Thursday, June 26, 2008



By Doug Holder

On a warm and humid morning in late June I jumped on the Red Line to go to UMass Boston, to attend the William Joiner Writers Workshop’s tribute to writer Grace Paley.

The Workshop is directed by poet Kevin Bowen, and is held every summer at the Boston campus. The late Grace Paley is a renowned fiction writer and poet who passed away in 2007. Paley was an enthusiastic, and much admired and loved teacher at the William Joiner. She was born in 1922 in the Bronx to Russian-Jewish immigrants. She published three collections of short stories “The Little Disturbances of Man,” (1959), “Enormous Changes at the Last Minute (1974), and “ Later the Same Day” (1985),and her “Collected Stories”(1994) was a finalist for a Pulitzer and a National Book Award. She published several volumes of poetry, was elected the first New York State Writer, and the Vermont Poet Laureate in (2003). Paley was also a political activist involved in the anti-Vietnam War movement, as well as the Women’s Movement. In 1969 she accompanied the peace mission to Hanoi to negotiate the release of prisoners of war. In 1978 she was arrested as one of the “White House Eleven” for unfurling an anti-nuclear banner on the White House lawn.

Paley’s writing focuses on the lives of women, examining their gritty everyday world. Her characters ranged from left wing women, their kids, their husbands, their lovers, their aging parents, and their aging selves. She was a master of dialogue, and a champion of everyday life in contemporary literature.

At the tribute were a number of Somerville poets including: Pushcart Prize winner Afaa Michael Weaver, Off the Grid Press publishers Bert Stern and Tam Lin Neville, Somerville poet, writer and activist Alex Kern, and Ibbetson Street Press author Elizabeth Quinlan (“ Promise Supermarket”). Paley’s husband Bob Nichols was present, as well as her daughter Nora.

Sitting next to me in the audience was Henry Braun, one of the founders of Somerville’s Off the Grid Press, and a friend of Nichols and Paley. Braun, who was once an editor of the Beloit Poetry Journal said of Paley: “She was the voice of my people. People who came from New York, the Lower East Side, political activists from the Vietnam era.” Afaa Michael Weaver, who was teaching at the Joiner this summer said later that he had met Paley two years before at the Joiner Center and was impressed by her graciousness and her “commitment to society.”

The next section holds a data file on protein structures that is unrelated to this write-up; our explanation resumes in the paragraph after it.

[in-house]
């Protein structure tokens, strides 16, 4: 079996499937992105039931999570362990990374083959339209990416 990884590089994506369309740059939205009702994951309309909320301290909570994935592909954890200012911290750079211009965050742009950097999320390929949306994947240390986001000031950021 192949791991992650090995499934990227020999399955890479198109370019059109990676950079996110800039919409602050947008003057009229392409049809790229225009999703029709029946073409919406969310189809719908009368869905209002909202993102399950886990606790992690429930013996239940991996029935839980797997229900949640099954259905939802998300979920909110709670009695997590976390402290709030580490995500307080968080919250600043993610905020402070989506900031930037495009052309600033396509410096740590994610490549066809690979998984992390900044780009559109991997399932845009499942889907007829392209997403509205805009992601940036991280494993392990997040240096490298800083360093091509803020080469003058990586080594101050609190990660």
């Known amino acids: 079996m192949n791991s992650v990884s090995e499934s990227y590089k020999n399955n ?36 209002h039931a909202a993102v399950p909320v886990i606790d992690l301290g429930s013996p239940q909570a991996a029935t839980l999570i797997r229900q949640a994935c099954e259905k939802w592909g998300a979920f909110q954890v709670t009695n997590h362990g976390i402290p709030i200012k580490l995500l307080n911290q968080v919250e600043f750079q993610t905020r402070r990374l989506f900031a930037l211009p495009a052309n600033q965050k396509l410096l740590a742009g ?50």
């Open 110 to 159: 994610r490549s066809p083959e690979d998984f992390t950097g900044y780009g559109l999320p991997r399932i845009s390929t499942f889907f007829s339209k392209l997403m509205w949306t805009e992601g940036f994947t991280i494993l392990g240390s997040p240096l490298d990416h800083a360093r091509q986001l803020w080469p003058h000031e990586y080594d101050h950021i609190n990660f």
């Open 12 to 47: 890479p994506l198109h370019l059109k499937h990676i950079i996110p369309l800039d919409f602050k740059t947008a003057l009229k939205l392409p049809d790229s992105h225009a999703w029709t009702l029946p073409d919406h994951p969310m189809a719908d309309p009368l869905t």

Julie Thacker, a creative writing instructor at Lesley University in Cambridge, lead the discussion of Paley and her work. She told me that Paley had a “Singular and human voice, married poetry and prose together beautifully, and found beauty in ordinary life. She also exhibited a striking compassion.”

The audience often commented on passages from Paley’s work and peppered their commentary with memories of Paley’s teaching at the Joiner Center. Most were in agreement with the fact that Paley, along with Tillie Olsen, were the first writers to open up the idea of ordinary woman as being good fodder for stories. Poet Elizabeth Quinlan told me: “ For the first time I realized that you could write about being a struggling young mother, your babies, even, well, your period.” Martha Collins, the founder of the undergraduate Creative Writing program at UMass Boston said she was amazed how Paley could combine the “political” with the fabric of life, and do it with such great humor. Paley, according to the anecdotes of the many folks who knew her was a master of dialogue, organically bringing the conversational into her work. She was a big believer in revision. Her husband Bob Nichols pointed out to the audience that they should respond to her work not only on an intellectual level but also on an emotional level . He reminded the audience that her work was all about emotional content. He also noted that Paley when she was giving a reading was always looking down at the text, rather than the audience. Poet Fred Marchant, the director of the Poetry Center at Suffolk University
said this was testimony to her singular focus on her work.

Paley, to her credit, was able to marry the profound and the ordinary, without sounding stilted. And in all of her work there was endless conversation, rather than a strong sense plot. Like in her fiction, the tribute was an ongoing conversation punctuated by memories, and always-generous doses of laughter. One student remembered Paley asking her to her home to discuss her work. She said: “ Let me make you a cheese sandwich. You’ll love it.” And I guess Paley would like it that way, to be remembered by her work, and, yes, even her cheese sandwiches.


Here I am in the garden laughing
an old woman with heavy breasts
and a nicely mapped face

how did this happen
well that's who I wanted to be

at last a woman
in the old style sitting
stout thighs apart under
a big skirt grandchild sliding
on off my lap a pleasant
summer perspiration

that's my old man across the yard
he's talking to the meter reader
he's telling him the world's sad story
how electricity is oil or uranium
and so forth I tell my grandson
run over to your grandpa ask him
to sit beside me for a minute I
am suddenly exhausted by my desire
to kiss his sweet explaining lips.

--Grace Paley

Doug Holder/ Ibbetson Update/ June 2008

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